Our Thoughts on Aquaculture...
The aquaculture industry has recently become one of the high-growth areas in the Marine Aquatic Industry. In the process a few questions have been raised as to how this area is being developed. These are some of our our thoughts in this arena.

Livestock Availability:
There has to be a sustainable source of corals if the growth of the coral industry is to continue and the pricing is to remain reasonable to the hobbyist. There are times when large-scale bleaching on coral reefs have impacted their availability. The are also governments that have enacted (or are presently considering) laws that markedly reduce the exporting of livestock from certain areas in the world.
Scientific Research:
The science behind aquaculturing corals has developed to the point where anyone with the understanding of the techniques and the proper facilities can enter the fray.
Retail Sales:
Due to their access to equipment and feedstock, some wholesalers and retailers have entered into the aquaculture trade. They take existing corals and break them down into smaller segments and grow these pieces into individual corals. While there are times when saving parts of a coral that is in danger is a honorable mission, creating a subset industry of "aquacultured" corals grown in a warehouse raises ethical questions.
The Big Question:
This poses the question "Just because you can do it... should you"?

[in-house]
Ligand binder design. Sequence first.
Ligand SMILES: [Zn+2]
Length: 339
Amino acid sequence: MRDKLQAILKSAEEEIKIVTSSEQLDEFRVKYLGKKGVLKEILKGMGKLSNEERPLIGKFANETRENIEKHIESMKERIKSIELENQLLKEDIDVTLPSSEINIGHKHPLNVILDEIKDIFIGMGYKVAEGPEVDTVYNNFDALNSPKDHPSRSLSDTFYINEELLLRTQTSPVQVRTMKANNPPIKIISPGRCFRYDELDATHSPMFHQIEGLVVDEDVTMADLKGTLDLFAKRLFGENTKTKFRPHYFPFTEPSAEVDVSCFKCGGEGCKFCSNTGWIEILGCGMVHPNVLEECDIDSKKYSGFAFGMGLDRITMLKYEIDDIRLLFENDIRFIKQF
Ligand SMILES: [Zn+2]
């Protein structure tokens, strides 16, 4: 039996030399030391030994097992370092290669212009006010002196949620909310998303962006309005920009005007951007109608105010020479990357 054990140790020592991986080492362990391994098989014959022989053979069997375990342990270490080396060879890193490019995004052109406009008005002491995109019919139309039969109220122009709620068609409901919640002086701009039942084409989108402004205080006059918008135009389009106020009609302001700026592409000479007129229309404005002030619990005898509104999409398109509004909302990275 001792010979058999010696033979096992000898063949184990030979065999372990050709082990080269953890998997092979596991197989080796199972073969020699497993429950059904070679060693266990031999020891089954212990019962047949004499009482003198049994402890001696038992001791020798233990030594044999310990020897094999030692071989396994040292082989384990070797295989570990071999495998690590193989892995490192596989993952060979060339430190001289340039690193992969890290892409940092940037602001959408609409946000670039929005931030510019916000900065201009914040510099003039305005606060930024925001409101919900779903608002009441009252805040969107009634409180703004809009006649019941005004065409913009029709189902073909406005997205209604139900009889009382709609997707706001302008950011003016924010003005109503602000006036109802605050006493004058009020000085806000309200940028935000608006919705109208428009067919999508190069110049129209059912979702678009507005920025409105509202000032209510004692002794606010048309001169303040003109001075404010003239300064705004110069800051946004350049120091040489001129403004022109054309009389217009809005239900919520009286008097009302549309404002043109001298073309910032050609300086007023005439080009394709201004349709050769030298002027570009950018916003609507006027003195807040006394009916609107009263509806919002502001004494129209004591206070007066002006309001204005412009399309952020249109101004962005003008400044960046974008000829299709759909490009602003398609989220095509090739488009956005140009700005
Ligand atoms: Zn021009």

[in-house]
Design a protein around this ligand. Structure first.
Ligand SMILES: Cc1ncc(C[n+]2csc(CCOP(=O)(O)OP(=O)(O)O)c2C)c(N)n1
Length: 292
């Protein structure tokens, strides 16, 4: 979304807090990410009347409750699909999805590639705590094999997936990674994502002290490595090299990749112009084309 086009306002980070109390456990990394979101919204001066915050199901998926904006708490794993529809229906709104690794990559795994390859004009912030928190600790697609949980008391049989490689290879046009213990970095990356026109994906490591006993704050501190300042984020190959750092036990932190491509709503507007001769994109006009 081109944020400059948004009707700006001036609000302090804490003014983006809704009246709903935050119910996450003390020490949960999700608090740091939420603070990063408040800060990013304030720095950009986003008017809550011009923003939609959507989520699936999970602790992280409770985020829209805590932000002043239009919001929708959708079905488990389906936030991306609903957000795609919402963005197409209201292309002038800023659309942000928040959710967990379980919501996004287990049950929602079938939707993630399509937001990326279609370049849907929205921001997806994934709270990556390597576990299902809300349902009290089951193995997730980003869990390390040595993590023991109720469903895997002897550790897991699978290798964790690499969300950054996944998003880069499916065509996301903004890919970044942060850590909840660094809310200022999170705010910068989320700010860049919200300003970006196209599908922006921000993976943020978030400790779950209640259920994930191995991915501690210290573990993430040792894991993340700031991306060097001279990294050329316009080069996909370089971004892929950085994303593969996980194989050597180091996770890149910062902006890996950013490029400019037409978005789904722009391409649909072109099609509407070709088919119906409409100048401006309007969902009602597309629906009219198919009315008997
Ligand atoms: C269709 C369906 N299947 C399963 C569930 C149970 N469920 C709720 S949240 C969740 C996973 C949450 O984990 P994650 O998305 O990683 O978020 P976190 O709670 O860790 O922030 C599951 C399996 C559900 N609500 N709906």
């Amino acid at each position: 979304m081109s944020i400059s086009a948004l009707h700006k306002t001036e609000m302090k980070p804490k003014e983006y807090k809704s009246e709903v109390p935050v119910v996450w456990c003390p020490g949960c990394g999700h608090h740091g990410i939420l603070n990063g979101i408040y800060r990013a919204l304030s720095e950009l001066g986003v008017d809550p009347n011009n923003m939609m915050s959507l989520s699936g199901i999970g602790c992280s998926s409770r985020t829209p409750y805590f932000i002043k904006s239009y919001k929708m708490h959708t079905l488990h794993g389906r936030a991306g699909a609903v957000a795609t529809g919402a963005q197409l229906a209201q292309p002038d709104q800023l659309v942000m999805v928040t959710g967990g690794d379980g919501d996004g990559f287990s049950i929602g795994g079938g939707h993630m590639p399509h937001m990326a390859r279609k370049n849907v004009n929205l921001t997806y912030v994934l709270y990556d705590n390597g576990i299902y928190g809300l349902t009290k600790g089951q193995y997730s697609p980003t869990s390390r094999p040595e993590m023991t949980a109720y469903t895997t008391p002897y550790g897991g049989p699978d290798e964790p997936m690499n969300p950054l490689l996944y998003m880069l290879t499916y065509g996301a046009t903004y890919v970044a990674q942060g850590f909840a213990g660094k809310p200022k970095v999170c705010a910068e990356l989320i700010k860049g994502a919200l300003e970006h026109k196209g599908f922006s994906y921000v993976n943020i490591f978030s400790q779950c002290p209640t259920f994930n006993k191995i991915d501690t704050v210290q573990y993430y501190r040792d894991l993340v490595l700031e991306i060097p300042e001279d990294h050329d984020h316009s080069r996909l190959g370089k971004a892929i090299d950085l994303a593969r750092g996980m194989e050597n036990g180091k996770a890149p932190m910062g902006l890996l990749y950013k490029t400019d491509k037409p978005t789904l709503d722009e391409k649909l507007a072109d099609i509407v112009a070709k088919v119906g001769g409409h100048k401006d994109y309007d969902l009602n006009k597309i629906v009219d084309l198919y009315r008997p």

Around the world there are communities (and sometimes whole countries) whose major means of financial support is based on their ability to export Marine Livestock (including Live Rock). These communities have supplied our industry from it's inception. It was also in these areas where the concept of aquaculturing came to fruition. Should we be taking [from them] a product and service that they have provided for years... and in some instances is the basis of their livelihood?
Our Answer:
No! Simple enough. There have always been times when someone invents a better mousetrap. When this happens, everyone benefits. This is not one of those times. We have a moral and ethical responsibility to support the indigenous peoples of the world whose survival is dependent on this industry. Even if your not willing to stand on moral grounds you need to understand that once we begin taking away their lifestyle it will make our industry more difficult to sustain. Local governments will take more stock in maintaining a higher level of conservation even to the point of preventing the export of livestock from their waters. As it is, environmental concerns presently impact our industry and it will only get worse if we present ourselves as the face of greed in these areas. We at Pacific Aqua Farms stand behind the existing workers and suppliers of our trade and do not buy from companies in the aquaculture cottage industry that has sprung up outside of native habitats.

Pacific Aqua Farms 5450 W. 104th St., Los Angeles, CA 310.215.3474